• To organize shopping lists, such as groceries, look in your word processor or online for a template. Or, make up your own. Take a sheet of paper, divide it into sections, and list major headings such as Produce, Dairy, Canned Goods, Meat, Dry goods, Frozen Foods, Pet Supplies, Cleaning Supplies, Paper Products, Bathroom Supplies, Miscellaneous. Under each heading, list the items you use. For example, under Produce, list apples, peaches, pears, grapes, bell peppers, mushrooms, lettuce, cabbage, potatoes, etc. Place a blank line in front of each item so you can check off what you need to buy. Use this as your guide when composing your weekly grocery list. If you keep it on the front of your refrigerator, it will be easy to check off needed items as you run out of them, so nothing is forgotten.
  • On another page in your notebook or binder, make a list of family members and friends for whom you buy gifts. Under each person's name, write their clothing sizes, color preferences, and specific items you know they like or want.
  • At the beginning of each month, check your calendar and gift list, write out cards for the month, make out your shopping list, and make one trip to shop for everyone who has a birthday or anniversary that month. Then you'll have everything on hand when the date rolls around. If you go ahead and address and stamp the envelopes, all you'll need to do is drop them in the mail a few days before the actual date. Many online card websites have a feature that lets you select the delivery date, so you could select all of your cards at the beginning of the month, set the various delivery dates, and your cards will be delivered electronically on time.
  • Don't forget to organize your household bills, too. Place them by due date in a basket, desktop mail holder, or some other designated spot. If you don't pay them as they come in, then set aside a day and time each week, or biweekly, to pay them. Keep them near your stamps and address labels, so you have everything readily available when you need it. Or, you can arrange for online payment and save paper, postage, and time.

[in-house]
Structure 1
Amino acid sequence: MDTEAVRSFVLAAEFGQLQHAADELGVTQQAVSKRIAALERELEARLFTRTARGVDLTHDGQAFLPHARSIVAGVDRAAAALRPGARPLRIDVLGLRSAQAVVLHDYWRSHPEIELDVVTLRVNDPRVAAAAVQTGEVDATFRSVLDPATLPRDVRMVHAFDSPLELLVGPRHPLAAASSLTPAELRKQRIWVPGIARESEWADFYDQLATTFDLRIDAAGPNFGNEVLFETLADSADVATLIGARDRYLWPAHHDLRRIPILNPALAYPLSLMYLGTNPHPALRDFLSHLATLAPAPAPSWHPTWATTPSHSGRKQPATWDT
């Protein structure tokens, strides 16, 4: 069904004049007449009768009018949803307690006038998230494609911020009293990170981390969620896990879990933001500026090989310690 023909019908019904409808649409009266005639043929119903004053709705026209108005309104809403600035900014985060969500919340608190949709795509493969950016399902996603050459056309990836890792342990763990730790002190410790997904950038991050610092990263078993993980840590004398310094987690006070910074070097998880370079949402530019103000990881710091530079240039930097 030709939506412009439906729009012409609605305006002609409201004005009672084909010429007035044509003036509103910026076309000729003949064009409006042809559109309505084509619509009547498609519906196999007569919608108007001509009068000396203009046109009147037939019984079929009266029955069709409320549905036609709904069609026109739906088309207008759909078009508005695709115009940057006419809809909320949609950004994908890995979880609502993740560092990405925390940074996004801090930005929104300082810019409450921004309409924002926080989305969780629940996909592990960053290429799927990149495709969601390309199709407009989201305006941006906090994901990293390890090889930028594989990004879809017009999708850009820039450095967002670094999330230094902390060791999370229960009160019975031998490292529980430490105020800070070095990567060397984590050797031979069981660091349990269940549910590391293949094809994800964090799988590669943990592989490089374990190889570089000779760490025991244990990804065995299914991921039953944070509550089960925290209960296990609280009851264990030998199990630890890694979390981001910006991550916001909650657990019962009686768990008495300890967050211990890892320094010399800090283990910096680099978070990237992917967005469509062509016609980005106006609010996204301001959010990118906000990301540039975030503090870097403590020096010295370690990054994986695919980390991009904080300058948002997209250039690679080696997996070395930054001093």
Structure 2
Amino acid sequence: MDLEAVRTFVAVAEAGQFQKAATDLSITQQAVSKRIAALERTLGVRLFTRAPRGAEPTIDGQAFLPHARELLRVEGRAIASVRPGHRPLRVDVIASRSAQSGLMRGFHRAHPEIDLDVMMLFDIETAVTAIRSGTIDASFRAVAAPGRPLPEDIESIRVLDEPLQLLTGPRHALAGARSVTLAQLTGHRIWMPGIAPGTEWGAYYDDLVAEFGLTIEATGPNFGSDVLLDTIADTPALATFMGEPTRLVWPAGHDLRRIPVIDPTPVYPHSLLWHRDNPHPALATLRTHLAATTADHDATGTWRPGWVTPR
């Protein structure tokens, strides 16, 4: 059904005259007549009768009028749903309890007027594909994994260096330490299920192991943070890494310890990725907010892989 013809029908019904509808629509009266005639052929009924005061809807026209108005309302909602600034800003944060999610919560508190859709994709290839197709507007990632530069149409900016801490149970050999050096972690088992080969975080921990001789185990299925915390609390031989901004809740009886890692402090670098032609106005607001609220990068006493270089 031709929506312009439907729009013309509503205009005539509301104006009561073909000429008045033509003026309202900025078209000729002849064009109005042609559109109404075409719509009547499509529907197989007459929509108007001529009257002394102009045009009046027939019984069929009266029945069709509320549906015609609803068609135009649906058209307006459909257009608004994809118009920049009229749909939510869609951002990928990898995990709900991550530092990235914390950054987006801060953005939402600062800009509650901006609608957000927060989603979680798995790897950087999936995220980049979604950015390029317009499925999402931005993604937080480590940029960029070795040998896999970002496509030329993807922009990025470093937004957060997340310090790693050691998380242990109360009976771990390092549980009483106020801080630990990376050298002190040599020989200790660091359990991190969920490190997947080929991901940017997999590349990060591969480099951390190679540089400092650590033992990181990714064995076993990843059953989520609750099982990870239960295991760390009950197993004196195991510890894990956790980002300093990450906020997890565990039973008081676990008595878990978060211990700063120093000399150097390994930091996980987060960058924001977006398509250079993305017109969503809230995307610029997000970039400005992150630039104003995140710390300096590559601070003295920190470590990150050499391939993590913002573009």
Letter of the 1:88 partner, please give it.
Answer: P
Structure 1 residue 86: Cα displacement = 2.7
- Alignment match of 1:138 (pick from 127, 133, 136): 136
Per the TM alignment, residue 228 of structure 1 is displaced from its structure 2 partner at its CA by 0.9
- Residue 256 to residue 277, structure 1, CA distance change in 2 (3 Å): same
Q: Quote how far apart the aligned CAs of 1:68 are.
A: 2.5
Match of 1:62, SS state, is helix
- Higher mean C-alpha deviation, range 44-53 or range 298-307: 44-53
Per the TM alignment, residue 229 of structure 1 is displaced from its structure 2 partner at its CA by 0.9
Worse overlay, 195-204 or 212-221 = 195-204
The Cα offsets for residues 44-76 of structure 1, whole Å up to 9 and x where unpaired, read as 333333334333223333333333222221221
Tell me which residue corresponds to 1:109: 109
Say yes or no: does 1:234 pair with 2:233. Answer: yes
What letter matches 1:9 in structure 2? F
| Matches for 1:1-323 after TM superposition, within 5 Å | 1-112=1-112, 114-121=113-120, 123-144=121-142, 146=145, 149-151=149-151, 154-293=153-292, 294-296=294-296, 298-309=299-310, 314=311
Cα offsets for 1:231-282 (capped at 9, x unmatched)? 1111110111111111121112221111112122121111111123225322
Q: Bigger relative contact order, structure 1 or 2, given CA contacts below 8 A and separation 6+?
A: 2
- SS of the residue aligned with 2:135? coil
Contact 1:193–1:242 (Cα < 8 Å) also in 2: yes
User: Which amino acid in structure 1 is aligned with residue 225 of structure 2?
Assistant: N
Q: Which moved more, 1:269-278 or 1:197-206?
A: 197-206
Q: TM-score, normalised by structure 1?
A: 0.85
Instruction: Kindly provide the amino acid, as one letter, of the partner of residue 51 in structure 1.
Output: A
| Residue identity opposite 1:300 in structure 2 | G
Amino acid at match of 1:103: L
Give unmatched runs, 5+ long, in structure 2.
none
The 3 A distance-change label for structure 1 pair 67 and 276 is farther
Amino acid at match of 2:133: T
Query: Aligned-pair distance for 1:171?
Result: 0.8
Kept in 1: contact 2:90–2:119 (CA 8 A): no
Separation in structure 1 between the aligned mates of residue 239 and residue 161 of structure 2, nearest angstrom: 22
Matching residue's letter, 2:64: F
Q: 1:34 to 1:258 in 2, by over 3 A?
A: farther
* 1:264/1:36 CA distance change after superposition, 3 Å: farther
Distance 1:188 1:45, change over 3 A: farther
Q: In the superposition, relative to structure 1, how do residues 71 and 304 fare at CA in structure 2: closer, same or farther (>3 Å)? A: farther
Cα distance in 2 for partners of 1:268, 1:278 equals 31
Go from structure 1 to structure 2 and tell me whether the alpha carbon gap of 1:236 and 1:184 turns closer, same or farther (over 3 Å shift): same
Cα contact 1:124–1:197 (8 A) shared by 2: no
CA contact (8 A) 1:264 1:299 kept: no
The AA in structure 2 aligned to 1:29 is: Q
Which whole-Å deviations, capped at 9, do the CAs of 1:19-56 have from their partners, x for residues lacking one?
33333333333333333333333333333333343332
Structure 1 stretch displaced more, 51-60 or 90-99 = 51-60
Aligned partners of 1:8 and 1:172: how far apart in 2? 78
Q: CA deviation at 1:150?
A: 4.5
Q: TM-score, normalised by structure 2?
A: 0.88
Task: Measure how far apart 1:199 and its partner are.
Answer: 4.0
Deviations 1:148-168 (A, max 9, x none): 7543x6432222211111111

• Once every two or three months, check your master list and see if you need to revise it. If something isn't working, scrap it and try something else until you find what works for you.
  • Keep a journal or notebook on the nightstand beside your bed. Make a habit of journaling every night before you go to bed...not just a diary of what you did that day, but your feelings, thoughts, emotions, ideas. If you have a hard time getting to sleep because something keeps buzzing around in your brain, jot it down in the journal. By doing this, you free up your mind from having to remember so much, and can better relax and drift off.
  • Oh, and while you're decluttering, why not get rid of all that negative self-talk, and the negative things other people have said that bother you? If you can't just forget them, then defuse them by substituting positive statements. Live in the now. Don't let the past ruin your present.

There are many helpful organizing sites online. One I especially like is Maria Gracia's "Get Organized Now," You can also subscribe to her free monthly newsletter, get free organizing tips, a monthly organizing calendar, and other useful information and tools to help you get and stay organized.

Now that you've decluttered your mind, why not put it to better use by doing something creative or fun? Read a book (or write one!), get out your camera and take some pictures, go for a walk, go to a museum, attend a lecture or concert, take a class, bake a cake and decorate it, try out a new recipe, teach your dog or cat a new trick. Do something just for fun, and just for you.

Do you have some other ideas, suggestions, or comments? Share them in the comment section below.